Tuesday, July 16, 2013

My Stroller is More Fold-Able Than Yours...

Image Credit

When we were originally given carte blanche to choose a blog topic this week, I was going to write about Paula Deen.  It was a ‘textbook’ example of what not to do after you find yourself caught in a PR nightmare.  The day I was going to write the blog topic, I was attending a farewell luncheon for a colleague and his wife was there with their beautiful three month old daughter.  I was sitting beside another colleague – early thirties, single father of two school age boys, wearing a horrible shirt (bless him, but this will be important later) and he said something rather strange to me, “That stroller is like the Cadillac of strollers.”  I look over and see it’s a Quinny have an ‘ah-ha’ moment and knew I had to change my topic.  

When we had discussed the Quinny stroller in class it was being positioned as a fashion accessory, which brings me to the bad shirt comment.  My colleague is not a fashion-conscious consumer and the horrendous shirt (which he told me was very expensive, sadly) was not one of his only wardrobe choices that lead me to that conclusion.  He didn’t have children that were of stroller age when Quinny first made its 2007 debut in America, and he had told me prior he had no desire to have children if he were to remarry.  I was fascinated about what Quinny did to achieve the support of someone with no prior (or potentially future) experience with the product/brand.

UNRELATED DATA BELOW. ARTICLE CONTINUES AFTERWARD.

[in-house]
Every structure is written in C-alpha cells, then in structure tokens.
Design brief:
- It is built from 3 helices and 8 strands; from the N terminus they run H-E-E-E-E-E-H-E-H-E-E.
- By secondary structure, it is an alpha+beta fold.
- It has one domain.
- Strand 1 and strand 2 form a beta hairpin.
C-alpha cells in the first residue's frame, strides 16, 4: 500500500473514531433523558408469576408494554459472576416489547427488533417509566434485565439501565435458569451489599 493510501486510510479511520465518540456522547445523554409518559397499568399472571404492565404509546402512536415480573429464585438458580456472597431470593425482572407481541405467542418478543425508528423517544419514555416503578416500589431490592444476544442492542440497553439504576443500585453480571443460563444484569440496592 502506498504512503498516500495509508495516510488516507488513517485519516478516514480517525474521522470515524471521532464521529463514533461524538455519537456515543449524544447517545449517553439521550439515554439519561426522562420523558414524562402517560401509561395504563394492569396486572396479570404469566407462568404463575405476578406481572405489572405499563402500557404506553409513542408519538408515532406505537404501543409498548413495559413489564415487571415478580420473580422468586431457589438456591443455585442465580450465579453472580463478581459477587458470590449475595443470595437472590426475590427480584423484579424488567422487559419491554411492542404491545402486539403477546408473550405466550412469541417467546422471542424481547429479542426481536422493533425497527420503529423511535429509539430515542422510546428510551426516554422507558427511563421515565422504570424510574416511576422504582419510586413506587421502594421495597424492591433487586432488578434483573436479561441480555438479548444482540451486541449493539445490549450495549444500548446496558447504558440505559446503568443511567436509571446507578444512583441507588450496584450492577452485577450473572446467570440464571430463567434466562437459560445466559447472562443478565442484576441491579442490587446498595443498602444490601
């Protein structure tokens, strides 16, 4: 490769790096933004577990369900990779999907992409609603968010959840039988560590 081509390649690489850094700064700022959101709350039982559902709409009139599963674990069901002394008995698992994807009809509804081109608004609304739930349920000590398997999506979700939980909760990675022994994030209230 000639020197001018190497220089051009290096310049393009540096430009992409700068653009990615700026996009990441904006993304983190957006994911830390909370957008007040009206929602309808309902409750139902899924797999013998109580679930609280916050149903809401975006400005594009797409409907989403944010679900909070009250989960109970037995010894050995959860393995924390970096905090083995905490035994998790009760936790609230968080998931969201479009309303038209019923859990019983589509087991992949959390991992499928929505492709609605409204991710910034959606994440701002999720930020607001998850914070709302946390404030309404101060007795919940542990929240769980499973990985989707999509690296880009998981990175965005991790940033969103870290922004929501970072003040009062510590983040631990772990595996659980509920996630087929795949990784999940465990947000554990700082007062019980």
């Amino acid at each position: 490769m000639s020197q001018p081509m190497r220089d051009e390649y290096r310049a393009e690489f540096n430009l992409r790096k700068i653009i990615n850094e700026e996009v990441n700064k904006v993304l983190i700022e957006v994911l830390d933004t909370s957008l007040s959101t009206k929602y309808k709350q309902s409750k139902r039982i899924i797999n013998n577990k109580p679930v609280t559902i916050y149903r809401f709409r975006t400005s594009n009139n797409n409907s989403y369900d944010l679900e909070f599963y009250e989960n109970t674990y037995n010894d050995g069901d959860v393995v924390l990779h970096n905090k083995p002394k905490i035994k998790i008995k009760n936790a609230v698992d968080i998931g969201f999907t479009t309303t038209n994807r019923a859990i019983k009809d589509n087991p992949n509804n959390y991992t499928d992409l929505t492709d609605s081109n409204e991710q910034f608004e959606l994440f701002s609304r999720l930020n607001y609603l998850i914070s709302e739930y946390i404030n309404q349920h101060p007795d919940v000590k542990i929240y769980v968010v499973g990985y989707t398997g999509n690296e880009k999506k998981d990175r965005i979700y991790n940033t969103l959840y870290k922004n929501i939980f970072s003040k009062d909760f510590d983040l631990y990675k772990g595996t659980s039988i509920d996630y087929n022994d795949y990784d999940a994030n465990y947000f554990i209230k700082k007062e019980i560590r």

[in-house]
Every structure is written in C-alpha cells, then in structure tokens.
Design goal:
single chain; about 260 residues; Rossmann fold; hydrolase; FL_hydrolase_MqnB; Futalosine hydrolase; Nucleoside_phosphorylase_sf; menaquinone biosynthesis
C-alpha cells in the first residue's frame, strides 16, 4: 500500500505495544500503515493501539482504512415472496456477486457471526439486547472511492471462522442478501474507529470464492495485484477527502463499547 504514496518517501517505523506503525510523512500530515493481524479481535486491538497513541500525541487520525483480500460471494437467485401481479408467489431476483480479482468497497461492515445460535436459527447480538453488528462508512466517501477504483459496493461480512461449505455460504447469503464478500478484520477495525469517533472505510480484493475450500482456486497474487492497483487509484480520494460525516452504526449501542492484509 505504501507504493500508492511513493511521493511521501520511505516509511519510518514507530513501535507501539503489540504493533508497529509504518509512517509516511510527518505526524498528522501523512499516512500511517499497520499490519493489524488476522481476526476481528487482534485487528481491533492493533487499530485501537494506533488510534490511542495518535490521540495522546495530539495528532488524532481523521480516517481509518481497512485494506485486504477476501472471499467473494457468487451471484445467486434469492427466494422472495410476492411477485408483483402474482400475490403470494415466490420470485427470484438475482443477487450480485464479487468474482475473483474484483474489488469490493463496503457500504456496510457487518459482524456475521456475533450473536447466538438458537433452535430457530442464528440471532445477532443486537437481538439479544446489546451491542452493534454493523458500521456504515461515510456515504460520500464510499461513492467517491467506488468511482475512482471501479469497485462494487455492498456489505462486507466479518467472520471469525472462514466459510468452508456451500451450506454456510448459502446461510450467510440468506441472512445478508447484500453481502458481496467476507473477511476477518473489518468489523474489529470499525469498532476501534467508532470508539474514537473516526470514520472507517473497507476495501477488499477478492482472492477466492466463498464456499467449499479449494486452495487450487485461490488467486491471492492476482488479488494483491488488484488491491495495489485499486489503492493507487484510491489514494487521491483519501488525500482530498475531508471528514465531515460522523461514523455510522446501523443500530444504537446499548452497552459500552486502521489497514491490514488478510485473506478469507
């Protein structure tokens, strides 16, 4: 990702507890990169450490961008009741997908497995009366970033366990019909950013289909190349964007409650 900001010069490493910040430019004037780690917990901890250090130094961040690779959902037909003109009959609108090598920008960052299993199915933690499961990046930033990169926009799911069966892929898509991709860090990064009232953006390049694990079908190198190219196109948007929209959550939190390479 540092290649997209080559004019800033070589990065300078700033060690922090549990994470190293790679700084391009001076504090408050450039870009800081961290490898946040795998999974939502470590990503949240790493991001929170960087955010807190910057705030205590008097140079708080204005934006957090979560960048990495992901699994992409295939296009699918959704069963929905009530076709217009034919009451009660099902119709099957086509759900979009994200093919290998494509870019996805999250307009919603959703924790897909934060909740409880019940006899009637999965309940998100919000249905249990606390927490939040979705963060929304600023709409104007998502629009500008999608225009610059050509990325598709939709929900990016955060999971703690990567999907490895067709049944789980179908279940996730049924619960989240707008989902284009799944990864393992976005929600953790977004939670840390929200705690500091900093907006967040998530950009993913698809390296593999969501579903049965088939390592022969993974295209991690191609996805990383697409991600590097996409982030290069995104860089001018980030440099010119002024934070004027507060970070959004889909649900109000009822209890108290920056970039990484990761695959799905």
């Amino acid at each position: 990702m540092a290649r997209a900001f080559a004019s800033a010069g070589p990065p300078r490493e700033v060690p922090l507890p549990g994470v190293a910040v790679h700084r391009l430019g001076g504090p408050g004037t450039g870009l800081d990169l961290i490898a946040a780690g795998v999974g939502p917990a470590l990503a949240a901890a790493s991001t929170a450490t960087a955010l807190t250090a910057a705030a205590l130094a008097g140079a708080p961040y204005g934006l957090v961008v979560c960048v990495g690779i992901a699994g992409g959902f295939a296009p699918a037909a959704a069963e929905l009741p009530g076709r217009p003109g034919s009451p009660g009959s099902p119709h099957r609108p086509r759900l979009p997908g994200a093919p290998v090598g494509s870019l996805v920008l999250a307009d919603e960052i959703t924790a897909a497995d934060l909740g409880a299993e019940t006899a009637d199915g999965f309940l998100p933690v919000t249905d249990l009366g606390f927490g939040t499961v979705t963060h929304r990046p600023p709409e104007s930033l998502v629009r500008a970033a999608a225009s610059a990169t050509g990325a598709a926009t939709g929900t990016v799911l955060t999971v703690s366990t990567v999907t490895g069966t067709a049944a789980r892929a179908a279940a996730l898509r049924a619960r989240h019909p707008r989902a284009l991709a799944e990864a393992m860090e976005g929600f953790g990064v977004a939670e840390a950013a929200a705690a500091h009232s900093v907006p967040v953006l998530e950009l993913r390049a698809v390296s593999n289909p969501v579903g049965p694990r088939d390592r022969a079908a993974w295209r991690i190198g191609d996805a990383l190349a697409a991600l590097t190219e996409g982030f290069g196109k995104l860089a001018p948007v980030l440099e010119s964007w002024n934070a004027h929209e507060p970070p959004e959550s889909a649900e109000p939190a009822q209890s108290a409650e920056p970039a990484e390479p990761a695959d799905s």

The Quinny is a completely fold-able and customisable stroller for the active urban parent.  The original target audience was parents living in densely populated cities, but has exploded in the North American market living mostly in suburbia.  It has morphed into a consumer-propelled status symbol which equates cost ($300-$600) to strength of love and care.  “Become the ultimate parent with a Quinny stroller”, drives that very point home.  But my colleague likely didn’t think that our departing friend was a better parent because of the stroller, or that he had impeccable fashion sense.  He thought our colleague had a lot of disposable income.  Hmmm... 

Much of North America equates personal value and perceived success through objects (Why drive a Pinto if you have the means to drive a Porsche?), this is bad for humanity but great for brands that have a high price point.  How do we tie this back to the fashion symbol positioning?  There are few brands that can 'get away' with overtly using status as a selling point, Quinny is no exception.  Targeting a perceived elite segment of society under the guise of fashion Quinny was able to exploit the materialistic North American culture. 

It’s fascinating how brands subtly shift perceptions by changing their message in different markets and then consumers perpetuate those ideas as their own—this is the epitome of PR.    


  1. Replies
    1. Thank you, Kennis, I am very happy to hear it. So glad we had the opportunity to meet and hope we get to see each other again soon!